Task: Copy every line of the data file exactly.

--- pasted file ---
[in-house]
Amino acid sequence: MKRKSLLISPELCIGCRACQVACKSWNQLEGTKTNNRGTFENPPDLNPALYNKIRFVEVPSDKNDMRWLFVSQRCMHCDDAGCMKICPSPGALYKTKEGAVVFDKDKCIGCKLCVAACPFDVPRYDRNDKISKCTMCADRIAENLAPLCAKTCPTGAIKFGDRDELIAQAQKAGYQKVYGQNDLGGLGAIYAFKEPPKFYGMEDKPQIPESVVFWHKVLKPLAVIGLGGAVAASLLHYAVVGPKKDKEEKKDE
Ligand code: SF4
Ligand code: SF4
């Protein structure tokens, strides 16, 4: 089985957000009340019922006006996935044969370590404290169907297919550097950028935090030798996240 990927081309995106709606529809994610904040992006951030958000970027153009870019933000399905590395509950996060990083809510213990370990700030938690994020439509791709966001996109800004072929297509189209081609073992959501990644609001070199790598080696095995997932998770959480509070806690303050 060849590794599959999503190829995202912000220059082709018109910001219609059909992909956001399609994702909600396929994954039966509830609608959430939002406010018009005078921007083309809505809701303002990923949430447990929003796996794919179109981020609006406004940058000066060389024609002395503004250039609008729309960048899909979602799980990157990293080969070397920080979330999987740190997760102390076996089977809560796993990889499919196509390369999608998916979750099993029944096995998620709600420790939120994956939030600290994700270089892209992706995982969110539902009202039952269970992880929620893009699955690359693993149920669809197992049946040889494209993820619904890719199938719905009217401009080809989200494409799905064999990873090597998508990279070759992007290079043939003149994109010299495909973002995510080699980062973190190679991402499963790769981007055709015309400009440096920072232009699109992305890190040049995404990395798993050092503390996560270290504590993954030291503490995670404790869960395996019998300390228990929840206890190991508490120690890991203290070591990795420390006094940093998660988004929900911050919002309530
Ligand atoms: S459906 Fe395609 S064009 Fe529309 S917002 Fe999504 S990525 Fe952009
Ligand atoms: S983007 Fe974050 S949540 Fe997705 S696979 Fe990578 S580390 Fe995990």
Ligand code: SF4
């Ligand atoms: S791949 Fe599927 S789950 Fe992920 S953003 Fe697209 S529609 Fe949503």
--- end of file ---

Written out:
[in-house]
Amino acid sequence: MKRKSLLISPELCIGCRACQVACKSWNQLEGTKTNNRGTFENPPDLNPALYNKIRFVEVPSDKNDMRWLFVSQRCMHCDDAGCMKICPSPGALYKTKEGAVVFDKDKCIGCKLCVAACPFDVPRYDRNDKISKCTMCADRIAENLAPLCAKTCPTGAIKFGDRDELIAQAQKAGYQKVYGQNDLGGLGAIYAFKEPPKFYGMEDKPQIPESVVFWHKVLKPLAVIGLGGAVAASLLHYAVVGPKKDKEEKKDE
Ligand code: SF4
Ligand code: SF4
């Protein structure tokens, strides 16, 4: 089985957000009340019922006006996935044969370590404290169907297919550097950028935090030798996240 990927081309995106709606529809994610904040992006951030958000970027153009870019933000399905590395509950996060990083809510213990370990700030938690994020439509791709966001996109800004072929297509189209081609073992959501990644609001070199790598080696095995997932998770959480509070806690303050 060849590794599959999503190829995202912000220059082709018109910001219609059909992909956001399609994702909600396929994954039966509830609608959430939002406010018009005078921007083309809505809701303002990923949430447990929003796996794919179109981020609006406004940058000066060389024609002395503004250039609008729309960048899909979602799980990157990293080969070397920080979330999987740190997760102390076996089977809560796993990889499919196509390369999608998916979750099993029944096995998620709600420790939120994956939030600290994700270089892209992706995982969110539902009202039952269970992880929620893009699955690359693993149920669809197992049946040889494209993820619904890719199938719905009217401009080809989200494409799905064999990873090597998508990279070759992007290079043939003149994109010299495909973002995510080699980062973190190679991402499963790769981007055709015309400009440096920072232009699109992305890190040049995404990395798993050092503390996560270290504590993954030291503490995670404790869960395996019998300390228990929840206890190991508490120690890991203290070591990795420390006094940093998660988004929900911050919002309530
Ligand atoms: S459906 Fe395609 S064009 Fe529309 S917002 Fe999504 S990525 Fe952009
Ligand atoms: S983007 Fe974050 S949540 Fe997705 S696979 Fe990578 S580390 Fe995990």
Ligand code: SF4
């Ligand atoms: S791949 Fe599927 S789950 Fe992920 S953003 Fe697209 S529609 Fe949503």